Sunday, January 28, 2018

Mass Transit - Another Way

Everyone likes mass transit and thinks it should be used more by other people so as to make their movement, by POV (privately owned vehicle) easier. It's been noted that 95% of transport is by POV because public transit is slow, dangerous, and over priced. Drew Willsey has an idea to address the overpriced part: pay the riders.

This would add to the cost of keeping and maintaining the RTD, but since fares contribute very little to the costs, making them a payment to the riders wouldn't change things much. That is until you actually change the dynamic of riding transit. I'm retired so I don't regularly go anywhere. Thus if I decide to go downtown for some reason, the $2.60 for a day pass seems reasonable, especially in light of the car-hostile nature of downtown with respect to parking.

If I had to go to work there, I might need more incentive. After all, the 1 hour ride each way 5 days a week, is a significant chunk out of my life that I could be using for something else. Pay me $1 every time I get aboard, and I've got a start toward entertaining the family on the weekend.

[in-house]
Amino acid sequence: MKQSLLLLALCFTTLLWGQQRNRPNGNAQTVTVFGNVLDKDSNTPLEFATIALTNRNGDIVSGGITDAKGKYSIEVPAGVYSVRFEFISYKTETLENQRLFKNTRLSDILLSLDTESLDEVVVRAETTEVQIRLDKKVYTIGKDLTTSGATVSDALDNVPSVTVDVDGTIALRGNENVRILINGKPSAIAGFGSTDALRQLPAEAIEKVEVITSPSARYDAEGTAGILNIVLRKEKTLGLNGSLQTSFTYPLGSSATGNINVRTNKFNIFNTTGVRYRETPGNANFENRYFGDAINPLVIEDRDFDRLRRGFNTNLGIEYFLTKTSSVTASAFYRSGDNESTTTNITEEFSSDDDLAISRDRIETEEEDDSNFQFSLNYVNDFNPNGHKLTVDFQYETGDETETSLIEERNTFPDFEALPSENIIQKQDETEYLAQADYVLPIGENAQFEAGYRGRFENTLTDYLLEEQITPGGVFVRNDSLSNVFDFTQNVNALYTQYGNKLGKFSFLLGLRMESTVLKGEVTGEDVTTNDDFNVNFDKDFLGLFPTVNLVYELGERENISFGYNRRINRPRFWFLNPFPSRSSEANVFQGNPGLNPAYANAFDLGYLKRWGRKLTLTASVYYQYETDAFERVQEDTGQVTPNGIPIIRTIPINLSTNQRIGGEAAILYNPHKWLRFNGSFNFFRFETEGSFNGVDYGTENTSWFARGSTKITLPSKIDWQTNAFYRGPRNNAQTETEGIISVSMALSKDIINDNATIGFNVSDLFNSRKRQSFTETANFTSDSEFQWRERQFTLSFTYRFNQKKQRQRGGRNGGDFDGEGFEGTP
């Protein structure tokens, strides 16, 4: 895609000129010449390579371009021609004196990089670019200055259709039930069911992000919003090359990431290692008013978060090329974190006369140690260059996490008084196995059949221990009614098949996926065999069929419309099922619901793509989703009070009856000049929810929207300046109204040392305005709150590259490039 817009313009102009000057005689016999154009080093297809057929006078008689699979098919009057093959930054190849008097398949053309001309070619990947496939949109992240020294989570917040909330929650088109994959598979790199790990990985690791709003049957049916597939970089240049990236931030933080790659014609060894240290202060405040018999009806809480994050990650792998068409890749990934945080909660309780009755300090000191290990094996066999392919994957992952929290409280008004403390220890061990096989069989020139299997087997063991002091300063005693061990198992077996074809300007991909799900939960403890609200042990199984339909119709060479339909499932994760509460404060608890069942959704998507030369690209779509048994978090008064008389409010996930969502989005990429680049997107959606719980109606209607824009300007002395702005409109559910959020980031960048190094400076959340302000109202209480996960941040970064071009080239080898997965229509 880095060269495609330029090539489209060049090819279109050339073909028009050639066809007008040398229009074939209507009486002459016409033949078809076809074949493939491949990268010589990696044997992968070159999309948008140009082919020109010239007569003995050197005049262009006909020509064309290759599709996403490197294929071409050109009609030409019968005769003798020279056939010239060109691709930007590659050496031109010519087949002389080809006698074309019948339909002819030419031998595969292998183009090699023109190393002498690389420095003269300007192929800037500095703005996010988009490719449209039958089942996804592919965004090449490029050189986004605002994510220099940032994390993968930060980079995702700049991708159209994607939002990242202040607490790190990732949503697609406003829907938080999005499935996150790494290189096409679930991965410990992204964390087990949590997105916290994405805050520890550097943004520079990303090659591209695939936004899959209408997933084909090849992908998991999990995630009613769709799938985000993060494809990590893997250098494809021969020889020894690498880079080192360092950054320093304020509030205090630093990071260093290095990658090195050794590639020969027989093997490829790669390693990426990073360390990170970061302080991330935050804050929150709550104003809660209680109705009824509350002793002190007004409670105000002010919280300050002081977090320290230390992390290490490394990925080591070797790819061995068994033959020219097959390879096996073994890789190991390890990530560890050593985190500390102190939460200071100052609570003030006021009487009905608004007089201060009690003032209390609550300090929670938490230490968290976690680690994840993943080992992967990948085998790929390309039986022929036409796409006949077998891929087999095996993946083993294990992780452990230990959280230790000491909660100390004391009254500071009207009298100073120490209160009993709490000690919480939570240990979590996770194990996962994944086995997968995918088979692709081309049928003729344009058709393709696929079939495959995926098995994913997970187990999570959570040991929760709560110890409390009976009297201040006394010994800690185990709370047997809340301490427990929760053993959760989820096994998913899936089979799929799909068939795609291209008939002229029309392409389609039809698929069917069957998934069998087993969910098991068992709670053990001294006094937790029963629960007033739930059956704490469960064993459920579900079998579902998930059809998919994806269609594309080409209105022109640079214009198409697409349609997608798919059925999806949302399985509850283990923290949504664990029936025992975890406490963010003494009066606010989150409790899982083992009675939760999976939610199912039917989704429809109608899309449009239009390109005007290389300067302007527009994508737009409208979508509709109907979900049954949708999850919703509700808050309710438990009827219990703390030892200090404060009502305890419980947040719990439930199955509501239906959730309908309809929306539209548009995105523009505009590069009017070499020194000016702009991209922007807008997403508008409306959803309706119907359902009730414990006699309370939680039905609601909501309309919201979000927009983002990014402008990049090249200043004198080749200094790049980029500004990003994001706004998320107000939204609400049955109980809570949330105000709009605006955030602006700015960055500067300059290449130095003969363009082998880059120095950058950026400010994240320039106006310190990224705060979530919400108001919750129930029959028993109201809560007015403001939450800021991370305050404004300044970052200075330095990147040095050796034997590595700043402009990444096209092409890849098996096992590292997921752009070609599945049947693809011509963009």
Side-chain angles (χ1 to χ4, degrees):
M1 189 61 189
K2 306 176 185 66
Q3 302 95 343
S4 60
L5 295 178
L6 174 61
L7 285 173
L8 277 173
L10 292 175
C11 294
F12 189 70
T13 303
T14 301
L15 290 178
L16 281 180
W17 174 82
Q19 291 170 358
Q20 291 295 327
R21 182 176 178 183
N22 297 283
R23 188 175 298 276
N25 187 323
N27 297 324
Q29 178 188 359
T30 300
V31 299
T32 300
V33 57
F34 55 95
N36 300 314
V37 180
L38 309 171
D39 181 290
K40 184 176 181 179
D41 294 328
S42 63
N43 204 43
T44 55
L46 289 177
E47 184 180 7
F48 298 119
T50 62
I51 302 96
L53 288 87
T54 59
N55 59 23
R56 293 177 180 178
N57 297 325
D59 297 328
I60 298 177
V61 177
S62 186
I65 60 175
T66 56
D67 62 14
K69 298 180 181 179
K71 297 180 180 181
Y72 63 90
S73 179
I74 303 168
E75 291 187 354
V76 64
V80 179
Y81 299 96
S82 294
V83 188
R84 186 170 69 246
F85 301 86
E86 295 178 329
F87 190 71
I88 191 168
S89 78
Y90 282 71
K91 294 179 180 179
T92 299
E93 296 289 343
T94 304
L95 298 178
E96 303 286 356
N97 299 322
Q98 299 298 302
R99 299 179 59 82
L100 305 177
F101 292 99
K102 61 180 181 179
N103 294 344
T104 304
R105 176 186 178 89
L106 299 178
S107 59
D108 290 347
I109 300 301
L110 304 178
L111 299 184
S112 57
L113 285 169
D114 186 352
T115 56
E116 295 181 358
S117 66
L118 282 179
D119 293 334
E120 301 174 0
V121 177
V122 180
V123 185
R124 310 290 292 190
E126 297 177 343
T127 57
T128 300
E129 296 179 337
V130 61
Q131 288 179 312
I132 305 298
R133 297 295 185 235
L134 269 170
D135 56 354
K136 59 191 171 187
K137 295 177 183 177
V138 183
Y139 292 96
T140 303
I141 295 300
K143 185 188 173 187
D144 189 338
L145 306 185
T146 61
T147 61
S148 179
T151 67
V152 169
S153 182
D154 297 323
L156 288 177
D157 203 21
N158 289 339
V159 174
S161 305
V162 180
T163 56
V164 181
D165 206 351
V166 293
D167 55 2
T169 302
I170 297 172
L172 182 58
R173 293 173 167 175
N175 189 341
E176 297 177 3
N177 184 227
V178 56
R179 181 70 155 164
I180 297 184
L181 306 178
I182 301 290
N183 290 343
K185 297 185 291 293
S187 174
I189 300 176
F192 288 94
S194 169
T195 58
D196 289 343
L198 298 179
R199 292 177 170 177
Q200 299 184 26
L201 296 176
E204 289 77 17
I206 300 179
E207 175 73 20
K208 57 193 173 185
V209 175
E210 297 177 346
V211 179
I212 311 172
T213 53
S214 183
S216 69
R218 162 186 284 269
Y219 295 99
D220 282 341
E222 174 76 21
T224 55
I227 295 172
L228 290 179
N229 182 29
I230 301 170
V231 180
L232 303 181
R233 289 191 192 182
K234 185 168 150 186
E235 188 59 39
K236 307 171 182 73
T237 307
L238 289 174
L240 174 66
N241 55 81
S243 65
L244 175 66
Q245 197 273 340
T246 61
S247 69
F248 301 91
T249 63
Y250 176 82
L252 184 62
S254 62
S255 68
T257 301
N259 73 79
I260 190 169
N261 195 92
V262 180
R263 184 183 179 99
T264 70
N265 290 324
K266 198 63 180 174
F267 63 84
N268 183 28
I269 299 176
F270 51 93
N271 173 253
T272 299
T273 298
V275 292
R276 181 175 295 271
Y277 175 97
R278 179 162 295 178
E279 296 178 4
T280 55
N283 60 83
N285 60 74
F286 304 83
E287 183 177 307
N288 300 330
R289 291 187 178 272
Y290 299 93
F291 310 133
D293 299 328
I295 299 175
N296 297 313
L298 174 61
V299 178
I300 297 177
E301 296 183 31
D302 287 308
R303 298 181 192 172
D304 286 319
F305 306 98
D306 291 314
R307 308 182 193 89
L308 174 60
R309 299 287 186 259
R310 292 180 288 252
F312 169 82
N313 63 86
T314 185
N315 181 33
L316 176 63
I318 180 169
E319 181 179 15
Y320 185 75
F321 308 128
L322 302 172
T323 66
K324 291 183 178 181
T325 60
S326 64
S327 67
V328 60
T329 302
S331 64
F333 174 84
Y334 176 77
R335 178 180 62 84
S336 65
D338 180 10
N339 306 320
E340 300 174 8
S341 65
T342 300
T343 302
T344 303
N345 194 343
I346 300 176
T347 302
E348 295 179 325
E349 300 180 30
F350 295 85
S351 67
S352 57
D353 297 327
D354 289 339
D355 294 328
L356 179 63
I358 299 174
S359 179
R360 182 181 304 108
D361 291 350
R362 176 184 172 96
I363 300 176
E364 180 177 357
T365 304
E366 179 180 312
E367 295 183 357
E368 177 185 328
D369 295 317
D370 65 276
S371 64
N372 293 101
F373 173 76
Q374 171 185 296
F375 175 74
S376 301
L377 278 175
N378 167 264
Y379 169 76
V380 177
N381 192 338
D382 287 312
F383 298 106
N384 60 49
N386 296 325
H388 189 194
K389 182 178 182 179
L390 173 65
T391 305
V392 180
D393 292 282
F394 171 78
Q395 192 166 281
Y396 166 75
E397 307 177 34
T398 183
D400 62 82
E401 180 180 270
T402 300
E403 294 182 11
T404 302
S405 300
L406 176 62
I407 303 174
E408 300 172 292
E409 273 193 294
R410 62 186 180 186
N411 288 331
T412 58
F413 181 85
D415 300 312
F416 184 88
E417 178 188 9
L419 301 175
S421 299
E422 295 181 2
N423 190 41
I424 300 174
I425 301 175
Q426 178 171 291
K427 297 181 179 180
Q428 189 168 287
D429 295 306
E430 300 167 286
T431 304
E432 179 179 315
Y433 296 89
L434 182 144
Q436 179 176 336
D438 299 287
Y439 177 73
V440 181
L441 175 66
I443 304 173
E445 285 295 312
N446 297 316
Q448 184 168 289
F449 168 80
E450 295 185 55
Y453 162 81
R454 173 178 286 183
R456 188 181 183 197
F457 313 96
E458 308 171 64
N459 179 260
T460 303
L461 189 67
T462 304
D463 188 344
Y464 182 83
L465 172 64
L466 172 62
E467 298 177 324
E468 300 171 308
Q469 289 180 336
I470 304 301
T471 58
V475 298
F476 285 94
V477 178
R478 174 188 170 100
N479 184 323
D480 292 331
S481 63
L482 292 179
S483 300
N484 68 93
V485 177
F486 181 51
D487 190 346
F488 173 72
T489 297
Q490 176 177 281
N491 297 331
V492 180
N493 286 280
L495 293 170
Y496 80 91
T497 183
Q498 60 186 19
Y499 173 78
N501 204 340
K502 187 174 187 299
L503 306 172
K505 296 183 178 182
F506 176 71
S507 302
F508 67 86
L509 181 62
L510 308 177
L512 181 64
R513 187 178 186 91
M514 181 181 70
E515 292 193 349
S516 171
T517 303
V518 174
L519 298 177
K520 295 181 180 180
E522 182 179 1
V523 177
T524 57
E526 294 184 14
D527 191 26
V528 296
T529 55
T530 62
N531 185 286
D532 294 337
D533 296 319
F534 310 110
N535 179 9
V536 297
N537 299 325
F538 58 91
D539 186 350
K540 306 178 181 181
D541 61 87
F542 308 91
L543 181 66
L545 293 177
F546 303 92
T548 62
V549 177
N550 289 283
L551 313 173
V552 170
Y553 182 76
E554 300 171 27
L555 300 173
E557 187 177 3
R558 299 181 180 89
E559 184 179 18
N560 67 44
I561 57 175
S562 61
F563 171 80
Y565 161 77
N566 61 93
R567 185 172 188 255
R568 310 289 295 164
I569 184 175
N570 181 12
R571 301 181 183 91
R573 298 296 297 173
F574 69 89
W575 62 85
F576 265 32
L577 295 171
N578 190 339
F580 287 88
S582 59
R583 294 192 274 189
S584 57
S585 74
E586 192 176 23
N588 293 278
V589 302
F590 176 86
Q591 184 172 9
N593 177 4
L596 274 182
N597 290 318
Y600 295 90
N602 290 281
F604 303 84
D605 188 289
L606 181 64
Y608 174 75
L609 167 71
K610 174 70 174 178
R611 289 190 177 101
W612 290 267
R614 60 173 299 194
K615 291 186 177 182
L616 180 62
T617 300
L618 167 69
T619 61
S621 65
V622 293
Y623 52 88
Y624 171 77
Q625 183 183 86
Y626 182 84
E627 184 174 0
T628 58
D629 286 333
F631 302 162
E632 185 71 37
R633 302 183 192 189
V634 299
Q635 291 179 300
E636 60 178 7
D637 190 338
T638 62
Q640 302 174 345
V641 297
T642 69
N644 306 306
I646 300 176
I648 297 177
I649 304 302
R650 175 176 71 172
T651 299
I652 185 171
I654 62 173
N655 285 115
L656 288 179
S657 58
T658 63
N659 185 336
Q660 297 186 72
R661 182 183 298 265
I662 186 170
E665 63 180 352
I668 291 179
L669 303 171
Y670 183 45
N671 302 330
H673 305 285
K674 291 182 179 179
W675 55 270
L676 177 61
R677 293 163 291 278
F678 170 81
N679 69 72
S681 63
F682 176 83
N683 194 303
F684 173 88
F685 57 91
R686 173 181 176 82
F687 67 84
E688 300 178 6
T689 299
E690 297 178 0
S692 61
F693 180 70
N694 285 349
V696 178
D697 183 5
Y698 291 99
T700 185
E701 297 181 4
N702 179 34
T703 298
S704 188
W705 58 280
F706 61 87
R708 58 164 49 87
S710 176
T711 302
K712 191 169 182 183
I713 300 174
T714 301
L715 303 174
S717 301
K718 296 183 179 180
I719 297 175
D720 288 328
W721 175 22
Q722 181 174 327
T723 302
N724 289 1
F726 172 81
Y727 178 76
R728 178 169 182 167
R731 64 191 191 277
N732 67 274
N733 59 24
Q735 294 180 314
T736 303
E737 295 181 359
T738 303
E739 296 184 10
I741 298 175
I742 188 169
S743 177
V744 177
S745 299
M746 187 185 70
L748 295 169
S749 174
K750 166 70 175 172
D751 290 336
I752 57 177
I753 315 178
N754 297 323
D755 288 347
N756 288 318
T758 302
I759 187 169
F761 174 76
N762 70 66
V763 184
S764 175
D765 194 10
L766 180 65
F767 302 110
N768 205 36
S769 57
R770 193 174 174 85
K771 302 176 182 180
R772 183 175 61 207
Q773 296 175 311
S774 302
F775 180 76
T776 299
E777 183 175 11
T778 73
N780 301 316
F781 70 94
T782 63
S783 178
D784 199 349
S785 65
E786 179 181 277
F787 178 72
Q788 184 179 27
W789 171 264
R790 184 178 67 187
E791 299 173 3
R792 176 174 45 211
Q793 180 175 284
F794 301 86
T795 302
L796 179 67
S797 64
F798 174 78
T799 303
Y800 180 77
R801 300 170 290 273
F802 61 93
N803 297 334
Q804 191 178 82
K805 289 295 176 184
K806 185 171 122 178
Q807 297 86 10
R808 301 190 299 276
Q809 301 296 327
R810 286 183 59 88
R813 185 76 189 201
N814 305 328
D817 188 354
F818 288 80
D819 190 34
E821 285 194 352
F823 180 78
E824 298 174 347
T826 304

RTDs operating budget is what it is and tripling demand for services will necessarily triple the budget. They get their money from a dedicated tax plus 50% of auto license fees right now and I don't see the taxpayers voting a big tax increase to cover this. If they quit trying to build a railroad empire, costs would also drop significantly but I'm having a hard time seeing the upper management giving up the prestige of being rail barons either.


Anonymous said...

It's much easier to do away with the fare box entirely. No tickets to print, no money to count, don't need a way to dispense cash. I suppose you could have a device that loaded your debit or credit card with a quarter or whatever. But there's an accountability problem with people who claim they didn't get their quarter.

Maybe you install a slot machine on every bus. Board the bus and get a pull. That might boost ridership considerably.

David Aitken

Billll said...

You are on to something here. Do away with the fare box and leave the money issues to the bean counters in city hall who will figger out how big a tax increase the rest of us need to cough up to cover the ridership increase that a fare of $0 will bring. Think of this as the Occams Razor solution.

This could also result in the abandonment of ridiculously expensive transit alternatives like trolleys.